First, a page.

Background: By increasing renal oxidative stress, obesity may alter the protective effect of female sex on blood pressure (BP). Objectives: The aim of this study was to determine whether female rats had altered expression and activity of renal nicotinamide adenine dinucleotide (phosphate) [NAD(P)H] oxidase and nitric oxide synthase (NOS), enzymes important in superoxide and nitric oxide generation, respectively, and whether this relationship was altered in obesity. Methods: Male and female, lean and obese Zucker rats were fed progressively higher levels of NaCl over 54 days while BP was measured by radiotelemetry. Kidneys were harvested after euthanization. Results: A total of 32 (n = 8/body type/sex) Zucker rats were examined. On a high-salt diet (4% NaC1), male and obese rats had significantly higher mean arterial blood pressure relative to female and lean rats (mm Hg: lean male = 108, lean female = 99, obese male = 129, and obese female = 123) and reduced renal cortical NOS activity (determined by 2-way analysis of variance; P < 0.05 for sex and body type). Immunoblotting revealed that cortical endothelial NOS protein abundance was reduced in obese but not in male rats. Surprisingly, lean female rats had the highest outer medullary protein levels of several NADPH oxidase subunits, including gp91phox, p47phox, and p67phox (% of lean male: 207, 196, and 151, respectively; P < 0.01 for all). However, renal NADPH activity was not increased in lean females, but was significantly increased in obese rats of both sexes (P < 0.05). Conclusions: High-NaCl diet increased BP modestly in obese females, but not at all in lean females, suggesting some loss of protection with obesity in female rats. Reduced cortical NOS activity (both in male and obese rats) and/or increased NADPH oxidase activity (obese rats) may have contributed to increased salt sensitivity of BP. © 2007 Excerpta Media, Inc.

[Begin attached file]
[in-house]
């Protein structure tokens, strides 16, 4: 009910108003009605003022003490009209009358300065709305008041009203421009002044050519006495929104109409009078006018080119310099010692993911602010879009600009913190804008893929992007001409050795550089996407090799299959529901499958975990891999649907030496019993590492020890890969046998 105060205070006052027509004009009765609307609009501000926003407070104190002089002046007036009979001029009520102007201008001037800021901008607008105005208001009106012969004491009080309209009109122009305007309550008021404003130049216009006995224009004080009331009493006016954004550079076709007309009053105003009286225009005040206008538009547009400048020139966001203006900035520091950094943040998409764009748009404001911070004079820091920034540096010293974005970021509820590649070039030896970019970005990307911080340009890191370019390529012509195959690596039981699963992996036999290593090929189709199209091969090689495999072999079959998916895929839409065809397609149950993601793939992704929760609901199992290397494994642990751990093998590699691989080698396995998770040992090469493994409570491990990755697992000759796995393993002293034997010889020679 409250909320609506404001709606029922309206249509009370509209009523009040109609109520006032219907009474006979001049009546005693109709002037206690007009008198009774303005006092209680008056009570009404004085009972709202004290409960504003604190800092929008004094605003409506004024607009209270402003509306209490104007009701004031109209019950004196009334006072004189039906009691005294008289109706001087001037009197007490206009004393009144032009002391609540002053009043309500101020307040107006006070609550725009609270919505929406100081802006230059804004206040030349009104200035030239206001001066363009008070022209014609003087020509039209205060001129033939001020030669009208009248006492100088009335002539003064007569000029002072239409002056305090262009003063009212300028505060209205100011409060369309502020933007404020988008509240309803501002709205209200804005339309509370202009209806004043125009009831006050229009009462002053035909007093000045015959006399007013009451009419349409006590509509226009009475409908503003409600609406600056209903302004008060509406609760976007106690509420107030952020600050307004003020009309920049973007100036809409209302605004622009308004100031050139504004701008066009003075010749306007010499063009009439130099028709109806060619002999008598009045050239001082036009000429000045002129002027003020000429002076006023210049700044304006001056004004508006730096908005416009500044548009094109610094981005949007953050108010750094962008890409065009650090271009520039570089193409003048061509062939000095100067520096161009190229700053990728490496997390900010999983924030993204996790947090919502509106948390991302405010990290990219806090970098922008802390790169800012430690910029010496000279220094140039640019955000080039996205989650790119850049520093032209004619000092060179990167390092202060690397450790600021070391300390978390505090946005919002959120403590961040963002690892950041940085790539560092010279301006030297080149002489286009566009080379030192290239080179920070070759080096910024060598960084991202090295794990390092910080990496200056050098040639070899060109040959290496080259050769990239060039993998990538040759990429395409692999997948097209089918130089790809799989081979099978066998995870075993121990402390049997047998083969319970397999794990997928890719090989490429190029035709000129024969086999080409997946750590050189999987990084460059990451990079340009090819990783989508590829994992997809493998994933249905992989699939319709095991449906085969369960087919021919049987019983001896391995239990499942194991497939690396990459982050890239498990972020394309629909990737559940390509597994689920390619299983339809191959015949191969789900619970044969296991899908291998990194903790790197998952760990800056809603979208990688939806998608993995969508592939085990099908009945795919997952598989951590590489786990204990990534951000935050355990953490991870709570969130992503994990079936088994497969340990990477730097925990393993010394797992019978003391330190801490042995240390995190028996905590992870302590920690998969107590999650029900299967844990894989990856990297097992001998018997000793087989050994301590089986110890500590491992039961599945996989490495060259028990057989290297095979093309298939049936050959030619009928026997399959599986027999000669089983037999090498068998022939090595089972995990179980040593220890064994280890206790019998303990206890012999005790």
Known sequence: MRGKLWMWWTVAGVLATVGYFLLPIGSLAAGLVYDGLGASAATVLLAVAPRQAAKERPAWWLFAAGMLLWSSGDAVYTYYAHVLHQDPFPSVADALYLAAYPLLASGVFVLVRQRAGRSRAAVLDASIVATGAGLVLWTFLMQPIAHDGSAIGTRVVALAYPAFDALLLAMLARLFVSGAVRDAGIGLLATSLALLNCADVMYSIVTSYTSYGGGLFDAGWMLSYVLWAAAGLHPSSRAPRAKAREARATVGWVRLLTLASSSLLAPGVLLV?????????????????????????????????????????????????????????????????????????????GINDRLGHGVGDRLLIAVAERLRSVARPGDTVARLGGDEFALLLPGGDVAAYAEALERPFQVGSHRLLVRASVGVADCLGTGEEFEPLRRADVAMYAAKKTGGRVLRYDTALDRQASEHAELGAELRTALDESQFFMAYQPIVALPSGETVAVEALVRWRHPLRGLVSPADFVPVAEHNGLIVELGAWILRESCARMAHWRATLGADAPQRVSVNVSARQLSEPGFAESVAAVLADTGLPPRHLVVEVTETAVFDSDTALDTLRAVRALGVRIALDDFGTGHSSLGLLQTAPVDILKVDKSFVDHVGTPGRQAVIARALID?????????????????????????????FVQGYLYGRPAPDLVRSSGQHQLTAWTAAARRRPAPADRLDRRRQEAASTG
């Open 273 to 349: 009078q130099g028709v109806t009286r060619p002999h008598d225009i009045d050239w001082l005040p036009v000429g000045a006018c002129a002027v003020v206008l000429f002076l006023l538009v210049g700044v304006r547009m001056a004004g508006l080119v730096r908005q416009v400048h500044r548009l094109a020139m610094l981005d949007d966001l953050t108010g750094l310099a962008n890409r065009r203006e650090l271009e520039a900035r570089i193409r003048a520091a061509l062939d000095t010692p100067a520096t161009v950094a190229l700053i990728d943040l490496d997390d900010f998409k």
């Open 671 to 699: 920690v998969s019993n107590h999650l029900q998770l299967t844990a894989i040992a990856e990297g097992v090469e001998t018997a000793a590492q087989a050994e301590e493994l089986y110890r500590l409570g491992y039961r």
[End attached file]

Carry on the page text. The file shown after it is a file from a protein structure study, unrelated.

Mendeley saves you time finding and organizing research
Choose a citation style from the tabs below